This year’s Summit on the Global Agenda, part of the World Economic Forum (WEF), takes place November 18-20 in Abu Dhabi, United Arab Emirates (UAE). Known as the world’s largest brainstorming event, the WEF will provide comprehensive insights and recommendations on some of the most pressing global challenges. For business aircraft operators, it’s important to arrange landing permits, aircraft parking and hotel accommodations as soon as possible – particularly as the Dubai Airshow runs almost concurrent to the WEF.
The following is an overview of what you need to know:
1. Expect higher-than-normal traffic to the area
As the Dubai Airshow takes place November 17-21, there will be increased competition for aircraft parking and services during the WEF timeframe. Although the Dubai Airshow venue is at Al Maktoum Int.’l (OMDW), some operators will use OMAA and OMAD as aircraft parking alternates – adding to local parking congestion.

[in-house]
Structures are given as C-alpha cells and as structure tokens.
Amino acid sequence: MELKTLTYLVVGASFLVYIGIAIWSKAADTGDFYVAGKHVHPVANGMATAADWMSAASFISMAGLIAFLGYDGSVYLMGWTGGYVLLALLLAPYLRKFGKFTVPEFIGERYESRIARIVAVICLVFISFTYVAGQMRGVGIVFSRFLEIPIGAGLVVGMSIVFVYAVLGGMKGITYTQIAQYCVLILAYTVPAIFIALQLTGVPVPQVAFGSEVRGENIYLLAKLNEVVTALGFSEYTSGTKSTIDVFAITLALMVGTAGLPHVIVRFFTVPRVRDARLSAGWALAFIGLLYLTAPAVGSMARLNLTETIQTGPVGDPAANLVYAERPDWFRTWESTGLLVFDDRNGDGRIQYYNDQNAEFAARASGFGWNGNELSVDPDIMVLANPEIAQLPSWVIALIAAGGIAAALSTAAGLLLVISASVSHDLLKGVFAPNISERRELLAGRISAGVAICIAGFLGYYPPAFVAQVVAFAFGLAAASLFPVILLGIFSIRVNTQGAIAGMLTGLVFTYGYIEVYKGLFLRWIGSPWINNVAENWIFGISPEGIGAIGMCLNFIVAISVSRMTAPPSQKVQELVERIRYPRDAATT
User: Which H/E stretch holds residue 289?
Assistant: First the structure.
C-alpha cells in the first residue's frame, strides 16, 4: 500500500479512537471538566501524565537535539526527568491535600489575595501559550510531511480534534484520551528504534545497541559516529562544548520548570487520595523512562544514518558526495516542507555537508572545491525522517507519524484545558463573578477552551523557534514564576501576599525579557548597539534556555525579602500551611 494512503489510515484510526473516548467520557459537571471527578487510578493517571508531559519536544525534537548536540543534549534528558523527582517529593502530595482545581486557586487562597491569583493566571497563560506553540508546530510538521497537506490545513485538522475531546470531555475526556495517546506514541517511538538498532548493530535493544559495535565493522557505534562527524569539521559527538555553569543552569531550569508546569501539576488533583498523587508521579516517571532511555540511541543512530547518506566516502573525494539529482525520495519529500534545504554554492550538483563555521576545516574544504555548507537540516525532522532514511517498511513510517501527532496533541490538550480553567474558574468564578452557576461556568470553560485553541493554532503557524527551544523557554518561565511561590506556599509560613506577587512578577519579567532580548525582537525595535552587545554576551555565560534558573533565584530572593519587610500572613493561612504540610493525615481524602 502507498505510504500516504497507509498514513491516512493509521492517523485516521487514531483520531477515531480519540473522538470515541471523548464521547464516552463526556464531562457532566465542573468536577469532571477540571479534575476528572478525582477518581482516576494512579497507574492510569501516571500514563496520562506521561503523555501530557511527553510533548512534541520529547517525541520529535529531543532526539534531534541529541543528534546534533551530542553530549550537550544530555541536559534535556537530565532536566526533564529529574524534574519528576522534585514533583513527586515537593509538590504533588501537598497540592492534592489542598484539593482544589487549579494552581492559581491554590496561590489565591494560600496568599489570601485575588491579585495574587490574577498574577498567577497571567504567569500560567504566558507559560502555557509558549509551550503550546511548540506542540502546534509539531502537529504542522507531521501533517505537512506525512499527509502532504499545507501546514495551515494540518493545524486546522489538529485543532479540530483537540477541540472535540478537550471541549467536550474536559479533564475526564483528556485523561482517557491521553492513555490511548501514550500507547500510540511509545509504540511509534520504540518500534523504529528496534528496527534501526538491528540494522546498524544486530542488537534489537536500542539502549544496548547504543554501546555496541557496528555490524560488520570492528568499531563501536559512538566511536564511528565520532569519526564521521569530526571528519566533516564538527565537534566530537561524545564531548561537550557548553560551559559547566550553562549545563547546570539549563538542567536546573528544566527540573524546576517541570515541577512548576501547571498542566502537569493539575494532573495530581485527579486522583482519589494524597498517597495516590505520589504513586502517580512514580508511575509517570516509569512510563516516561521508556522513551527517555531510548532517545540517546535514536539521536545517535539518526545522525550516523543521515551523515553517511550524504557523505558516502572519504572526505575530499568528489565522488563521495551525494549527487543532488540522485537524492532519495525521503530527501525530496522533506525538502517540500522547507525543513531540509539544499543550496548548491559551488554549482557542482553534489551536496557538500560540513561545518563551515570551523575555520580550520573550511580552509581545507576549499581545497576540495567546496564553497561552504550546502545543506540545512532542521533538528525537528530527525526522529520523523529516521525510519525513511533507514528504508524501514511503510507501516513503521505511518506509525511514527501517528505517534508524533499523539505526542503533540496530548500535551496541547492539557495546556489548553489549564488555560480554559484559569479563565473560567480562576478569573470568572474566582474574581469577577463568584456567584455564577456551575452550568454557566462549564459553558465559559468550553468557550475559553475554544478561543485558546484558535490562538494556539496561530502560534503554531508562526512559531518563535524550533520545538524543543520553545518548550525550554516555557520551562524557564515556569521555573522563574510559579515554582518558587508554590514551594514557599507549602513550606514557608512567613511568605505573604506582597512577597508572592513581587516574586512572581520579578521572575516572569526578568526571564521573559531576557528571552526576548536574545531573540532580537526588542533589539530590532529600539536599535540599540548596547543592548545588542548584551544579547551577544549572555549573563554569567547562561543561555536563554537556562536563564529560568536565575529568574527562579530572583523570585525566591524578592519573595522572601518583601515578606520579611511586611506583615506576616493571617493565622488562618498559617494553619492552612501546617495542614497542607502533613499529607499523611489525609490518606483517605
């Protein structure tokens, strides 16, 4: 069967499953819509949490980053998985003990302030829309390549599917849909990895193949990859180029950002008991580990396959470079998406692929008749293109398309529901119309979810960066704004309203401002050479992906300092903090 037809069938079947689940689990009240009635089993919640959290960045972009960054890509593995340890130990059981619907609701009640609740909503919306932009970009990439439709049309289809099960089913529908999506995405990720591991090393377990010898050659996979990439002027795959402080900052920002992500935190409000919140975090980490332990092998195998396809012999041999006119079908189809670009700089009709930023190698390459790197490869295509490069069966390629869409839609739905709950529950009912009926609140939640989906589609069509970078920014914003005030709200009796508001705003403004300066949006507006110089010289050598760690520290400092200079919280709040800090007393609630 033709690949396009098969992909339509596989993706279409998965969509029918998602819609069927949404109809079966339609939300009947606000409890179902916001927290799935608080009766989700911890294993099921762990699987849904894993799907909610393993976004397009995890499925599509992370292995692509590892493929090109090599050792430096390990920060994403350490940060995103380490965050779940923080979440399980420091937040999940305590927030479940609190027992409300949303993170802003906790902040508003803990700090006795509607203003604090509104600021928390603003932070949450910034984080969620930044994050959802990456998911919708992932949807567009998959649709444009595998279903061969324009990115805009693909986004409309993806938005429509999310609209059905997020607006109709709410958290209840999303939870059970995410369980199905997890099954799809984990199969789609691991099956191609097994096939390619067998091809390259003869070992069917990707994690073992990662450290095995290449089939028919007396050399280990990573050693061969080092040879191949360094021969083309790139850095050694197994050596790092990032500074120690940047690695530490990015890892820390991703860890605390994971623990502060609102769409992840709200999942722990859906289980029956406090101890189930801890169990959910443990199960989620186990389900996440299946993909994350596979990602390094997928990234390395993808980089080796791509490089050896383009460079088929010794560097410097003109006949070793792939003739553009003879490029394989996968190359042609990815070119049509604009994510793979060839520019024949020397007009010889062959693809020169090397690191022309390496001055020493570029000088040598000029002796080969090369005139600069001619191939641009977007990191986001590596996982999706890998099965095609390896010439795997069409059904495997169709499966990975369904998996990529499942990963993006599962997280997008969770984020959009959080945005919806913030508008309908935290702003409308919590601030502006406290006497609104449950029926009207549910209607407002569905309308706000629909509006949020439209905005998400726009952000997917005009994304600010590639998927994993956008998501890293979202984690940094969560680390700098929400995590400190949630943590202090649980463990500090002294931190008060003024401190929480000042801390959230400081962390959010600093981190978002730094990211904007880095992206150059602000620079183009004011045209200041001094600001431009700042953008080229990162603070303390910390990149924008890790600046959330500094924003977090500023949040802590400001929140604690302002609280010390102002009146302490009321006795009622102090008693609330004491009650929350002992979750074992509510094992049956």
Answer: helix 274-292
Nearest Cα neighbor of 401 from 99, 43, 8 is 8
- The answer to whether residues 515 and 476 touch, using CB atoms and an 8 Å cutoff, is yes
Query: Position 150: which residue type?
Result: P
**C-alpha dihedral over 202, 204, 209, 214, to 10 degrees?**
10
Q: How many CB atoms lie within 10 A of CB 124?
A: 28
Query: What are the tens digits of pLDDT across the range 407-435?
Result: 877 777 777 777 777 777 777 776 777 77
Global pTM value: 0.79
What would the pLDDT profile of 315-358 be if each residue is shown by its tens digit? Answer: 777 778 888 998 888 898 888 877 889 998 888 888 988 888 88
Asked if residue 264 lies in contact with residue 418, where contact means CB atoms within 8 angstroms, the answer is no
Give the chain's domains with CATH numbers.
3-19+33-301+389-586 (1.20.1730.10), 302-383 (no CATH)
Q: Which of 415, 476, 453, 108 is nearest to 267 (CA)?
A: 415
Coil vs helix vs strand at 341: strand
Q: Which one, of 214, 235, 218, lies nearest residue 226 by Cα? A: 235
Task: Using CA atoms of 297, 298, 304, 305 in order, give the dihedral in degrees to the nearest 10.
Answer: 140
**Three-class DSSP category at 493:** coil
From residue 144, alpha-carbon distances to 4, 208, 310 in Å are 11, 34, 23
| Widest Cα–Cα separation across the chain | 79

2. Primary airport for WEF is Abu Dhabi Int.’l
Abu Dhabi Int.’l (OMAA) is an Airport of Entry (AOE) with 24-hour Customs, Immigration and Quarantine (CIQ) clearance, full aircraft services/support and fuel availability. No airport slots, Prior Permission Required (PPR) or mandatory ports of departure are required for OMAA. Fixed-Base Operators (FBOs) may offer CIQ clearance within their facilities; however, some ground handlers use the general aviation terminal (GAT) for clearance. For flights pre-approved as VVIP operations, it may be possible to arrange onboard clearance. These arrangements, however, should be confirmed with your ground handler in advance. Depending on your passenger load, it may be advisable to pre-confirm that there will be no limitation on the number of passengers that may be cleared at your chosen FBO.